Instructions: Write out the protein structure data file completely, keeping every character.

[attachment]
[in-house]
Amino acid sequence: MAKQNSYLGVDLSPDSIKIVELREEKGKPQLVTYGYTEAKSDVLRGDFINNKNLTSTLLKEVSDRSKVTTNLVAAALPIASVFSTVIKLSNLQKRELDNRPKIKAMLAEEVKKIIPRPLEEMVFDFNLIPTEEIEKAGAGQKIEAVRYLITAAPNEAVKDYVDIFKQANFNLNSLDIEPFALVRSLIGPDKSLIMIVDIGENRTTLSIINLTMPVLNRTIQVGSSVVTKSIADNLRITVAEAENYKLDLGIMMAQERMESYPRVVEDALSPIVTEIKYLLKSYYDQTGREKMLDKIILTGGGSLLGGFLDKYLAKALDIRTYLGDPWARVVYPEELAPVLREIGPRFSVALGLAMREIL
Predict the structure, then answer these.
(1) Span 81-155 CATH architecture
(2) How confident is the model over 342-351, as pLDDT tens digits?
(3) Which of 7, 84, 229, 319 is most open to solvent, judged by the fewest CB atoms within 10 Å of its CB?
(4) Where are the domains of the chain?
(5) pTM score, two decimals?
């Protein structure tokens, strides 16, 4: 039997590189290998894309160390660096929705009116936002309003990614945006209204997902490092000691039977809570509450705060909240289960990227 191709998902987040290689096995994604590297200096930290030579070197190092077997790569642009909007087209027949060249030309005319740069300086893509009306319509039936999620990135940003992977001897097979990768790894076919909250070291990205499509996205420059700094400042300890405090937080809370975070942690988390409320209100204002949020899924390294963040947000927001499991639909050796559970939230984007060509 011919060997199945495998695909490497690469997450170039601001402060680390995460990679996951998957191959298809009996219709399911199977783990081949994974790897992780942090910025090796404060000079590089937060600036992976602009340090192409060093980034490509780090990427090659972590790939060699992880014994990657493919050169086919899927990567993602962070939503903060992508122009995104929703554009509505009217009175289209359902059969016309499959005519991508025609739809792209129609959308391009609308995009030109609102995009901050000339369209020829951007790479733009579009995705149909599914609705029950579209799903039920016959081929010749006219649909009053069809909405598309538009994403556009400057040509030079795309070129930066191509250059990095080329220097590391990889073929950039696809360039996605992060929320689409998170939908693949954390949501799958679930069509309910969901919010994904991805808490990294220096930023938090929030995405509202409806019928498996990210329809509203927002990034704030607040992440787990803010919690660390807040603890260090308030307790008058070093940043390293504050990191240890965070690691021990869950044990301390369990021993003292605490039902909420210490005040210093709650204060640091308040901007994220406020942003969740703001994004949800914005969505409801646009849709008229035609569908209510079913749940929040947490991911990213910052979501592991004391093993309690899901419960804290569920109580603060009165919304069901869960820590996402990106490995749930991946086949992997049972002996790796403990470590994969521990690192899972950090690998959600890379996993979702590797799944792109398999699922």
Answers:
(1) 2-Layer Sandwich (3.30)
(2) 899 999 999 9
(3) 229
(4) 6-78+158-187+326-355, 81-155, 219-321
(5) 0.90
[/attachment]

[in-house]
Amino acid sequence: MAKQNSYLGVDLSPDSIKIVELREEKGKPQLVTYGYTEAKSDVLRGDFINNKNLTSTLLKEVSDRSKVTTNLVAAALPIASVFSTVIKLSNLQKRELDNRPKIKAMLAEEVKKIIPRPLEEMVFDFNLIPTEEIEKAGAGQKIEAVRYLITAAPNEAVKDYVDIFKQANFNLNSLDIEPFALVRSLIGPDKSLIMIVDIGENRTTLSIINLTMPVLNRTIQVGSSVVTKSIADNLRITVAEAENYKLDLGIMMAQERMESYPRVVEDALSPIVTEIKYLLKSYYDQTGREKMLDKIILTGGGSLLGGFLDKYLAKALDIRTYLGDPWARVVYPEELAPVLREIGPRFSVALGLAMREIL
Predict the structure, then answer these.
(1) Span 81-155 CATH architecture
(2) How confident is the model over 342-351, as pLDDT tens digits?
(3) Which of 7, 84, 229, 319 is most open to solvent, judged by the fewest CB atoms within 10 Å of its CB?
(4) Where are the domains of the chain?
(5) pTM score, two decimals?
């Protein structure tokens, strides 16, 4: 039997590189290998894309160390660096929705009116936002309003990614945006209204997902490092000691039977809570509450705060909240289960990227 191709998902987040290689096995994604590297200096930290030579070197190092077997790569642009909007087209027949060249030309005319740069300086893509009306319509039936999620990135940003992977001897097979990768790894076919909250070291990205499509996205420059700094400042300890405090937080809370975070942690988390409320209100204002949020899924390294963040947000927001499991639909050796559970939230984007060509 011919060997199945495998695909490497690469997450170039601001402060680390995460990679996951998957191959298809009996219709399911199977783990081949994974790897992780942090910025090796404060000079590089937060600036992976602009340090192409060093980034490509780090990427090659972590790939060699992880014994990657493919050169086919899927990567993602962070939503903060992508122009995104929703554009509505009217009175289209359902059969016309499959005519991508025609739809792209129609959308391009609308995009030109609102995009901050000339369209020829951007790479733009579009995705149909599914609705029950579209799903039920016959081929010749006219649909009053069809909405598309538009994403556009400057040509030079795309070129930066191509250059990095080329220097590391990889073929950039696809360039996605992060929320689409998170939908693949954390949501799958679930069509309910969901919010994904991805808490990294220096930023938090929030995405509202409806019928498996990210329809509203927002990034704030607040992440787990803010919690660390807040603890260090308030307790008058070093940043390293504050990191240890965070690691021990869950044990301390369990021993003292605490039902909420210490005040210093709650204060640091308040901007994220406020942003969740703001994004949800914005969505409801646009849709008229035609569908209510079913749940929040947490991911990213910052979501592991004391093993309690899901419960804290569920109580603060009165919304069901869960820590996402990106490995749930991946086949992997049972002996790796403990470590994969521990690192899972950090690998959600890379996993979702590797799944792109398999699922």
Answers:
(1) 2-Layer Sandwich (3.30)
(2) 899 999 999 9
(3) 229
(4) 6-78+158-187+326-355, 81-155, 219-321
(5) 0.90